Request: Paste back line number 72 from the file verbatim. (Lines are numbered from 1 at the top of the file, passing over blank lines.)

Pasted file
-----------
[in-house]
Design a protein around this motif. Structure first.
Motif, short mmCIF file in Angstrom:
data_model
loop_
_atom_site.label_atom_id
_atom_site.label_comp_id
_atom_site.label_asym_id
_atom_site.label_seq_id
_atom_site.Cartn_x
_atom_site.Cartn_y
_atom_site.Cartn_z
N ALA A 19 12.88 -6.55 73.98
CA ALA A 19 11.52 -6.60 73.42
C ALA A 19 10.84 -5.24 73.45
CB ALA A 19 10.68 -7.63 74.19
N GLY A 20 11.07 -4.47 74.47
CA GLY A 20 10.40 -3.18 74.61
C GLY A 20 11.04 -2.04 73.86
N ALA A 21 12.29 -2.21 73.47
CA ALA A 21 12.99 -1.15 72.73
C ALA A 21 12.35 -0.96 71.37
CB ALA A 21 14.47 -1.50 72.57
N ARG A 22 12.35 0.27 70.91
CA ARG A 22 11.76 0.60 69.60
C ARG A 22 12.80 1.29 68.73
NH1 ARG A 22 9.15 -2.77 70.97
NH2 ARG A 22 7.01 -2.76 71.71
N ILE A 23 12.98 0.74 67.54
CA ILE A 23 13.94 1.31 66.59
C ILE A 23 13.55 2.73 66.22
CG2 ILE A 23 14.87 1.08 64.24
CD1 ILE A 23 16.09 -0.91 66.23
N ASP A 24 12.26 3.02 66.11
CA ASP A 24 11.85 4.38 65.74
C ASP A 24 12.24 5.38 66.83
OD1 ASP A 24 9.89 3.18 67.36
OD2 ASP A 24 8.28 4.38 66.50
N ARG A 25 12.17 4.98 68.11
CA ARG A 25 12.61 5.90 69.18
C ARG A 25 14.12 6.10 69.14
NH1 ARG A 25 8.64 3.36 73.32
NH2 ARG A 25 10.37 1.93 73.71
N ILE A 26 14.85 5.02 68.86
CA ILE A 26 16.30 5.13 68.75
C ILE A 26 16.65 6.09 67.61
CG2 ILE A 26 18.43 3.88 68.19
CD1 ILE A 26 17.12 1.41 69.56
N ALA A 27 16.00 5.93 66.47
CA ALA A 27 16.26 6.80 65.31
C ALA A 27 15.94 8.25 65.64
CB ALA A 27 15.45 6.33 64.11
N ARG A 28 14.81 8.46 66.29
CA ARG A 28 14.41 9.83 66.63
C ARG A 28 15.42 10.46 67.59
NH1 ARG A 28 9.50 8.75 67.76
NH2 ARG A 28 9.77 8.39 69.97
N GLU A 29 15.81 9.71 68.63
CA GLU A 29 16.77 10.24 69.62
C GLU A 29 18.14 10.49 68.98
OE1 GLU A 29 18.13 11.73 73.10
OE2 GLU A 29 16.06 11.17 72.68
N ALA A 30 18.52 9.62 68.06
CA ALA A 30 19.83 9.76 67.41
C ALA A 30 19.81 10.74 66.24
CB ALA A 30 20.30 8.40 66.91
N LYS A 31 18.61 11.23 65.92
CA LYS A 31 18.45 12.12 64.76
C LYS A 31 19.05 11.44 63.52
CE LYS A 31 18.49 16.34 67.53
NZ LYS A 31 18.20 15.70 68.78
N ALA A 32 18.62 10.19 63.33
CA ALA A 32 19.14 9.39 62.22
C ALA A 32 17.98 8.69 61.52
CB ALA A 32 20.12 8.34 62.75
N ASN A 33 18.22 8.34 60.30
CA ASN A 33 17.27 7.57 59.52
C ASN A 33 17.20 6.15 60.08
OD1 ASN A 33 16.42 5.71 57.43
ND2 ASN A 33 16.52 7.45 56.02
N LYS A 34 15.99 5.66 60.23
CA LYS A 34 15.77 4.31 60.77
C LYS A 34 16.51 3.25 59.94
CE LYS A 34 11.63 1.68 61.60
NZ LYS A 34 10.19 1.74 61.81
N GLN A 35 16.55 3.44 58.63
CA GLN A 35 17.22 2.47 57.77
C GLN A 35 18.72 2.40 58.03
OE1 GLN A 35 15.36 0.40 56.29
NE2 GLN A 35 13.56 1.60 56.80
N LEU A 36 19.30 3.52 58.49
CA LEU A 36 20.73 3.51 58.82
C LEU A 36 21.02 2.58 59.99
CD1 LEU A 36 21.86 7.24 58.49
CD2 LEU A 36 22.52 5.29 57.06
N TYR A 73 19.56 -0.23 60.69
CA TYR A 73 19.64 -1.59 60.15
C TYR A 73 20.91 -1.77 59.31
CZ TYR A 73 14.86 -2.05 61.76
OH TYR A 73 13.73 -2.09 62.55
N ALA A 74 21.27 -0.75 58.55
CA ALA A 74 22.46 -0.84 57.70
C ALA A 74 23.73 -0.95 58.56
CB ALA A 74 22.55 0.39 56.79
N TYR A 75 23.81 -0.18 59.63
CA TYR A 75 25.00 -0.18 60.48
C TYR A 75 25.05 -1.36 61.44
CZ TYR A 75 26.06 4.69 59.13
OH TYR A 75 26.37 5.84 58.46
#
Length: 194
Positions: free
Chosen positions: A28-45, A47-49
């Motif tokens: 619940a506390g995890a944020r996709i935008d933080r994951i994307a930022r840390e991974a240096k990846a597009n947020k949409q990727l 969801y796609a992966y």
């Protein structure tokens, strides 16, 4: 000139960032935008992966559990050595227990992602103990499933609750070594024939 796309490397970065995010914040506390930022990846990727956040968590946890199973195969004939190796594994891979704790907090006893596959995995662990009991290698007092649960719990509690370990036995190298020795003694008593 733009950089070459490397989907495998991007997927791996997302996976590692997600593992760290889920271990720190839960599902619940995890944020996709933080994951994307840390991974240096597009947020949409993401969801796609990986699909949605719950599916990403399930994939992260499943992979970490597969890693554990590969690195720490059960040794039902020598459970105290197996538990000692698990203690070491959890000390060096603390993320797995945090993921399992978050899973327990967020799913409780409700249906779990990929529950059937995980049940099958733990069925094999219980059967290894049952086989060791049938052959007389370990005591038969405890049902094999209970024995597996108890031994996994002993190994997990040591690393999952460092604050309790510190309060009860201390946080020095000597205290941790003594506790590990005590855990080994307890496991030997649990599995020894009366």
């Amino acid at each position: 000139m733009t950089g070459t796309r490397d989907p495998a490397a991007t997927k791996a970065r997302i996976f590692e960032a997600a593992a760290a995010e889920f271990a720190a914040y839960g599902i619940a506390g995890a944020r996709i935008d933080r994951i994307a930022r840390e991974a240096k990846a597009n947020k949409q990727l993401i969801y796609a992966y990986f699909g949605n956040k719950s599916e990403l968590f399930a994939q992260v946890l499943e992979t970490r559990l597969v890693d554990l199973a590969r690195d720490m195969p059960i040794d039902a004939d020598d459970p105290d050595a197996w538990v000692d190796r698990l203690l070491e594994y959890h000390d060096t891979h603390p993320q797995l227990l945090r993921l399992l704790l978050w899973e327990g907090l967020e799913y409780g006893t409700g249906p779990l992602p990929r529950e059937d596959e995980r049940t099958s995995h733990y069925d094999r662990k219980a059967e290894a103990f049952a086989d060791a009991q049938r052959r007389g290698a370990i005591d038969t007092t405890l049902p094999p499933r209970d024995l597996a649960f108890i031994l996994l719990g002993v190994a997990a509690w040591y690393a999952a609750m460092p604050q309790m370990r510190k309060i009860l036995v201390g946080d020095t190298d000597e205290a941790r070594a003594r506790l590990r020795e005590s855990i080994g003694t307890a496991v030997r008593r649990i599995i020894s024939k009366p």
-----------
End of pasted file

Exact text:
N ALA A 32 18.62 10.19 63.33